It is sometimes all too easy to overlook Kazakhstan. British businesspeople and policymakers who may be familiar with more distant, Far Eastern markets often know little of this huge Central Asian country, strategically placed at a crucial geographical and cultural crossroads. They may know that it is a former Soviet republic – a label that Kazakhstanis are keen to lose – and that it has considerable oil and gas wealth. But many would struggle to name the capital (Astana) or even place it with any confidence on a map.

There are several reasons why that needs to change. Kazakhstan presents a range of business opportunities for British business, from clean energy to education, rare earths, and many others in between.

Western governments are clearly stepping up their engagement with Kazakhstan, for both geopolitical and economic reasons.  

The US Secretary of State, Antony Blinken, was there at the end of February, expressing US support for the independence, sovereignty, and territorial integrity of Kazakhstan and the other Central Asian countries. The US has invested some $50 billion in the country since independence.  

In November last year Ursula von der Leyen signed an agreement with Kazakhstan aimed at securing raw materials, specifically minerals, to drive forward the EU’s digital and green economy goals.

And Britain too is engaging more with Kazakhstan; the Prime Minister’s trade envoy, Emma Nicholson, visited in early March, and Foreign Secretary James Cleverly is expected to visit next week – the first such visit for many years. Some 600 British companies are registered in Kazakhstan and British businesses have invested over £13 billion in Kazakhstan since 2005.

So why exactly are senior western politicians now engaging more with Kazakhstan? And why should British firms in particular pay attention? I would point to five main reasons.

First, geography. Historically on the ancient Silk Road, Kazakhstan has long promoted its strategic location as a transit country between Europe and Asia, With the Russian market off-limits because of international sanctions, Kazakhstan – which opposes the war in Ukraine – represents a viable alternative market for many firms.  

It’s worth noting, though, that this does not mean evading sanctions. The Kazakh government has made it clear that it will respect international norms and standards and it cannot afford to be seen as a rule-breaker.   

Second, reform and stability. Under President Tokayev, Kazakhstan is reforming both politically and economically, privatizing state assets, promoting the market economy and removing the influence of oligarchs who flourished under his predecessor. Parliamentary and electoral reform continues steadily. The country is stable and at peace.  

Third, wealth of resources. Oil and gas remain the mainstay of the economy. But as the EU has recognized, the Kazakh rare earth and minerals sector is coming into its own as countries scramble to secure the strategic raw materials needed for tech development and green growth – a market today dominated by China.  Socially responsible extraction and processing facilities as well as secure supply chains will be needed for the west to take full advantage of what Kazakhstan has to offer. This represents an excellent investment opportunity.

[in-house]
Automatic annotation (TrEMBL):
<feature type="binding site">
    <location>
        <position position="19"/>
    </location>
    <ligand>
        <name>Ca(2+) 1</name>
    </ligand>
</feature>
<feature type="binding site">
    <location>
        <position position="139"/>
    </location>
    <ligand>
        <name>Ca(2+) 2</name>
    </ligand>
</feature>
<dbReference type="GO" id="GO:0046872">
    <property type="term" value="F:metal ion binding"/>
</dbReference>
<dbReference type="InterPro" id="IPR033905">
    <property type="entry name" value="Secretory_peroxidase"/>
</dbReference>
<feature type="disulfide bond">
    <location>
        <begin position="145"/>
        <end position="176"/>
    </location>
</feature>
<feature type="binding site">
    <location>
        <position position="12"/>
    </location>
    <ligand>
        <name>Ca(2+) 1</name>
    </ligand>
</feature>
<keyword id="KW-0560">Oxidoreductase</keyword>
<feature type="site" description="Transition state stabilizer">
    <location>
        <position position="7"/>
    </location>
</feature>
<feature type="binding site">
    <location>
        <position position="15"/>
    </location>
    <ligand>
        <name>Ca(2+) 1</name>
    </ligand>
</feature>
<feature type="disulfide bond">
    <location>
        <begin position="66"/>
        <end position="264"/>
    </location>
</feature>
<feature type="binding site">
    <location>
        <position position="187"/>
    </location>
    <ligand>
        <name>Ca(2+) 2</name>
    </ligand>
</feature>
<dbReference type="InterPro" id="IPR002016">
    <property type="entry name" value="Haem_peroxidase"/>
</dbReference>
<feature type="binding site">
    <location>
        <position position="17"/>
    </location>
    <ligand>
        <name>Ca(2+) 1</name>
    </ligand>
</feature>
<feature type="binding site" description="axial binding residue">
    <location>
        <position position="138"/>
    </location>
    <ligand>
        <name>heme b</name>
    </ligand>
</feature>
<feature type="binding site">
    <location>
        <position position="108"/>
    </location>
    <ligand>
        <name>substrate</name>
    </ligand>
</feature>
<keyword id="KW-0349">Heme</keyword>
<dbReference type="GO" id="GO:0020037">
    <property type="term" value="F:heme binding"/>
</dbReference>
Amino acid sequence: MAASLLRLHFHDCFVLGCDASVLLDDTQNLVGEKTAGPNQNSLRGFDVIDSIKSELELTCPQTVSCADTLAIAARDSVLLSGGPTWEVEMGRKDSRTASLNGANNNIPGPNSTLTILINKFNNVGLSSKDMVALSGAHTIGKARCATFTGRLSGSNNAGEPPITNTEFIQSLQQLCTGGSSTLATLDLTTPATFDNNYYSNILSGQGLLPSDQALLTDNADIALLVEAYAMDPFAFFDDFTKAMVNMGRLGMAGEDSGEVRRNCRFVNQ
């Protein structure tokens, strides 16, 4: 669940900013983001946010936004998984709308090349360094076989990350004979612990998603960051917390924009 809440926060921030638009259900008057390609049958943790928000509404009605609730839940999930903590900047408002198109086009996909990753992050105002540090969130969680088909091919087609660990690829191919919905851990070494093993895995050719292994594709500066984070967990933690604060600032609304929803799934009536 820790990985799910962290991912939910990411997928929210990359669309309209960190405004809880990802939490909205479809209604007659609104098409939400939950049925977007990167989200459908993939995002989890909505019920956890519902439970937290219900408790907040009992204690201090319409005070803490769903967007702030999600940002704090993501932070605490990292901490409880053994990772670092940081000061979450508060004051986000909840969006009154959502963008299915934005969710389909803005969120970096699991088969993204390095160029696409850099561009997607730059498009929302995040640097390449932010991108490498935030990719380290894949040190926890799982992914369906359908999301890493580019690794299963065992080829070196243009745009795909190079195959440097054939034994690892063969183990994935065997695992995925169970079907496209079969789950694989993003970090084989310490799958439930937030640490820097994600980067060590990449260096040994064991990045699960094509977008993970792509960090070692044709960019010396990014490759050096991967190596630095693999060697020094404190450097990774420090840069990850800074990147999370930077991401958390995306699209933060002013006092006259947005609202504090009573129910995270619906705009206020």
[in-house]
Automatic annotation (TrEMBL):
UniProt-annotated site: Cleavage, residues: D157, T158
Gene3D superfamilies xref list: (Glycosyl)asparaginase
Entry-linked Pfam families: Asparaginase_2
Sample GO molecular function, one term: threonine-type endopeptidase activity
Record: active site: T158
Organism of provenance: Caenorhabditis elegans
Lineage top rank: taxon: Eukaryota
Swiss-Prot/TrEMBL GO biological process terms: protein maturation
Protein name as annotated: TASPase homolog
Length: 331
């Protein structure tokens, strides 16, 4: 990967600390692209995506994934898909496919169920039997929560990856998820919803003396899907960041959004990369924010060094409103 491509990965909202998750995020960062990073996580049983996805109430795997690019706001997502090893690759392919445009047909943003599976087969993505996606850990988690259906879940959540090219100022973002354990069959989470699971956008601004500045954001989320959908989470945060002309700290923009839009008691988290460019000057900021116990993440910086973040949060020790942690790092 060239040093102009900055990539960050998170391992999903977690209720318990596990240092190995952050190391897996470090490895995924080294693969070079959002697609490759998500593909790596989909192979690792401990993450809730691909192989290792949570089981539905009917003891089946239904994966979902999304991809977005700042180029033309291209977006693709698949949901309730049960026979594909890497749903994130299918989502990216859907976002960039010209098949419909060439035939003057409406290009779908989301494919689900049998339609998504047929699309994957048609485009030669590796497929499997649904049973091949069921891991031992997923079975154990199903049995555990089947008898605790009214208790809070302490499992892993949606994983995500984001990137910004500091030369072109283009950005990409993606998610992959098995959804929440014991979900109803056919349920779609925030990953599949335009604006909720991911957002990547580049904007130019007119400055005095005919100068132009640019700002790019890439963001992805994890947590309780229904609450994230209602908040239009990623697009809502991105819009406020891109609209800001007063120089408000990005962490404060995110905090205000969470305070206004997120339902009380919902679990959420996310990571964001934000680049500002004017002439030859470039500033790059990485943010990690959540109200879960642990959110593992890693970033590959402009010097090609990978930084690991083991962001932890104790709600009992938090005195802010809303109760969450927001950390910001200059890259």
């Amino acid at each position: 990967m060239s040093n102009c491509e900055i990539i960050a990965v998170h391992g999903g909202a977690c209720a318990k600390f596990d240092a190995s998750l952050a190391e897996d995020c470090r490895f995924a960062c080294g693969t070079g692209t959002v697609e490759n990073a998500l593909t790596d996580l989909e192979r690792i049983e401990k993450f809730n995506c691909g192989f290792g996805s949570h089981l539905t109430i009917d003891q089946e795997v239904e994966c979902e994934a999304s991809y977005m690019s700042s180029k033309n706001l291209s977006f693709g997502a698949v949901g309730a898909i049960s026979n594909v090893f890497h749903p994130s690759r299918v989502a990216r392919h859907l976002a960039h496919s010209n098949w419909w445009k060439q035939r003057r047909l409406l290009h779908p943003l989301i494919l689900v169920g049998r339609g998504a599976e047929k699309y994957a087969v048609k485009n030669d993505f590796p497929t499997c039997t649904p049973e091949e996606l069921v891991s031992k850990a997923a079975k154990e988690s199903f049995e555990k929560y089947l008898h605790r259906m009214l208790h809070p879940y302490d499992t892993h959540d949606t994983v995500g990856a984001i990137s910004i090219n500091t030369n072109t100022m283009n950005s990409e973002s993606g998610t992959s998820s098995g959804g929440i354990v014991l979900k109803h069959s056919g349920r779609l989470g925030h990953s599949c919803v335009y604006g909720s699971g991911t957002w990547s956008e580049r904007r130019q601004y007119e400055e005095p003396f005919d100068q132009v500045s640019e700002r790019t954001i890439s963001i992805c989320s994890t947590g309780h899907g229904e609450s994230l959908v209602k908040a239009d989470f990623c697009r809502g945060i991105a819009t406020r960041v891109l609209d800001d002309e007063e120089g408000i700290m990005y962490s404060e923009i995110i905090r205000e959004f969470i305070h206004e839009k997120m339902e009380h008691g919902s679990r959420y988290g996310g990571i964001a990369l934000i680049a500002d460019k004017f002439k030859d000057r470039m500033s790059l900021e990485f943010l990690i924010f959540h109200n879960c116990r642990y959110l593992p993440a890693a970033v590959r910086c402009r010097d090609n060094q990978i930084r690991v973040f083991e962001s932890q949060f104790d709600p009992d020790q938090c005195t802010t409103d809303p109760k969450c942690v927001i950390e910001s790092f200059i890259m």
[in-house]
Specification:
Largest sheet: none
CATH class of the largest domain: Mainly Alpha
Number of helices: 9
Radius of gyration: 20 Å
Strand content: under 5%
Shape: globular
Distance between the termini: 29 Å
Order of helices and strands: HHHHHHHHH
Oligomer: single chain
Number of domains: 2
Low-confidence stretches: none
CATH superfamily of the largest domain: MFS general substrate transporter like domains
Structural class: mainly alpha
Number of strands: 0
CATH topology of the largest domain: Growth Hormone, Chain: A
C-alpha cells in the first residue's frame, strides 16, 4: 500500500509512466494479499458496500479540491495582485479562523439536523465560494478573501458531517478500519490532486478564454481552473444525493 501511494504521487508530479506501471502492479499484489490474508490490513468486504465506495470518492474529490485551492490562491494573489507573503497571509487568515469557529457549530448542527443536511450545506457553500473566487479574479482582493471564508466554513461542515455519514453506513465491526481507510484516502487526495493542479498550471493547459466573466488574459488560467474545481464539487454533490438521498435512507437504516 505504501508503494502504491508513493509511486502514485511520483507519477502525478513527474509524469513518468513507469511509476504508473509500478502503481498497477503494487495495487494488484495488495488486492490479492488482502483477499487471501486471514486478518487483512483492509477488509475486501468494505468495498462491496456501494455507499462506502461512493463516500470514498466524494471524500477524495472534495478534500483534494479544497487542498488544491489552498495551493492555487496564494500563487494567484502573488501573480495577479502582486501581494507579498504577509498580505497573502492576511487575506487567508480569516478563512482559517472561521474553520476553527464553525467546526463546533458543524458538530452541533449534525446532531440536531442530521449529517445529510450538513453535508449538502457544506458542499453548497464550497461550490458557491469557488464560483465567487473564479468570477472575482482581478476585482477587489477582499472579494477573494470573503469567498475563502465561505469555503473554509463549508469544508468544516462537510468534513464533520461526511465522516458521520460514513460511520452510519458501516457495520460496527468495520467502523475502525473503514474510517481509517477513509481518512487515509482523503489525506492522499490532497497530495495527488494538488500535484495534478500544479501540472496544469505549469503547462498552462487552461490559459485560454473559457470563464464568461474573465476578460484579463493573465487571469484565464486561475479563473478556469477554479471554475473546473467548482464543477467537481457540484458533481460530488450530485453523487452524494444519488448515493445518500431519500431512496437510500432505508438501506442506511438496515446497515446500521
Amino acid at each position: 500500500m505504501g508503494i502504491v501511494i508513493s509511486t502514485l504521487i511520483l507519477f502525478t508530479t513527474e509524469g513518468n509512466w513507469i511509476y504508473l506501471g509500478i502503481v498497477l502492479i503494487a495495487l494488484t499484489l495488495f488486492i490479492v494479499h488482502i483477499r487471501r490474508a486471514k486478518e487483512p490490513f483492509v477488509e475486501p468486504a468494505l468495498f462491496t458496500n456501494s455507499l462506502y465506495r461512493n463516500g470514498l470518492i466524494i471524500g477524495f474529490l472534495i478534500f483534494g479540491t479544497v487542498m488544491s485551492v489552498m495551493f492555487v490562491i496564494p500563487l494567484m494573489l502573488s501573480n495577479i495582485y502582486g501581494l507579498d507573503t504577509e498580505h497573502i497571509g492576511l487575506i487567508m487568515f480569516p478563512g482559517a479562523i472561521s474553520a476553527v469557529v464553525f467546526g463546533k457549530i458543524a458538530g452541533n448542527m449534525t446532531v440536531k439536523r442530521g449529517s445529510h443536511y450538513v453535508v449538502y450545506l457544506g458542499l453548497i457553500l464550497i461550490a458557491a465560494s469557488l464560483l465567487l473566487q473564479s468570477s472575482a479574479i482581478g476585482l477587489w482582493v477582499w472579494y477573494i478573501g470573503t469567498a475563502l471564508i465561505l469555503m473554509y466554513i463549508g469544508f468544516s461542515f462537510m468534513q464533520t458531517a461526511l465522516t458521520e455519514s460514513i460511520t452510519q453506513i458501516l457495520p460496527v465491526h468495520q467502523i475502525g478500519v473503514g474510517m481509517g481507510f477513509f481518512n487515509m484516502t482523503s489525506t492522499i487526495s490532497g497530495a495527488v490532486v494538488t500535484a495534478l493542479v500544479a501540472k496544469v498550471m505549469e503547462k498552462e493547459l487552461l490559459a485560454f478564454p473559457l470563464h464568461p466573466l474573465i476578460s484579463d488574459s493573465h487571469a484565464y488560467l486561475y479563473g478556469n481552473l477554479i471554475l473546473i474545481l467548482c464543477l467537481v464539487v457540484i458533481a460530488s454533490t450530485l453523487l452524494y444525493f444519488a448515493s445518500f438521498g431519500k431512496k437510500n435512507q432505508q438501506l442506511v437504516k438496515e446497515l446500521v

Fourth, regulation and the business environment. Kazakhstan is doing everything it can to encourage foreign direct investment and there is help available from government agencies, notably Kazakh Invest. While corruption is still a worry, the government is committed to action on this front. 

The Astana International Financial Centre (AIFC), established five years ago, provides a reliable, open and familiar basis for arbitration and legal action if things go wrong. Its justices are largely British, and its court system uses English common law.  AIFC court decisions are final and cannot be appealed in the national court system.  

Fifth, human capital. Kazakhstan is a young country with an increasingly talented workforce. For thirty years the government has prioritized overseas higher education through its Bolashak scholarship scheme for study abroad. Half of all students who took part in the scheme went to British universities, and many of those graduates now occupy senior positions in government and industry.  The government is now focused on transnational education, successfully attracting foreign universities to set up shop in Kazakhstan.  In 2021 De Montfort University Kazakhstan was established in Almaty – the first British university campus in the country, delivering high-quality British higher education to a new generation of young Kazakhs.    

Kazakhstan as a higher foreign policy priority?

So the Foreign Secretary’s visit is very timely. Whether for geopolitical or economic reasons, it is high time for Kazakhstan to feature higher on the UK’s foreign policy priorities list. Its energy resources, for example, could play a significant role in helping the west reduce its dependence on Russia for oil and gas, for good.  Many Kazakhs are familiar with the UK, and there is much goodwill towards us. Reinforcing our strategic commitment to this key Central Asian partner is long overdue.

Michael Gifford OBE was British Ambassador to Kazakhstan, 2018-21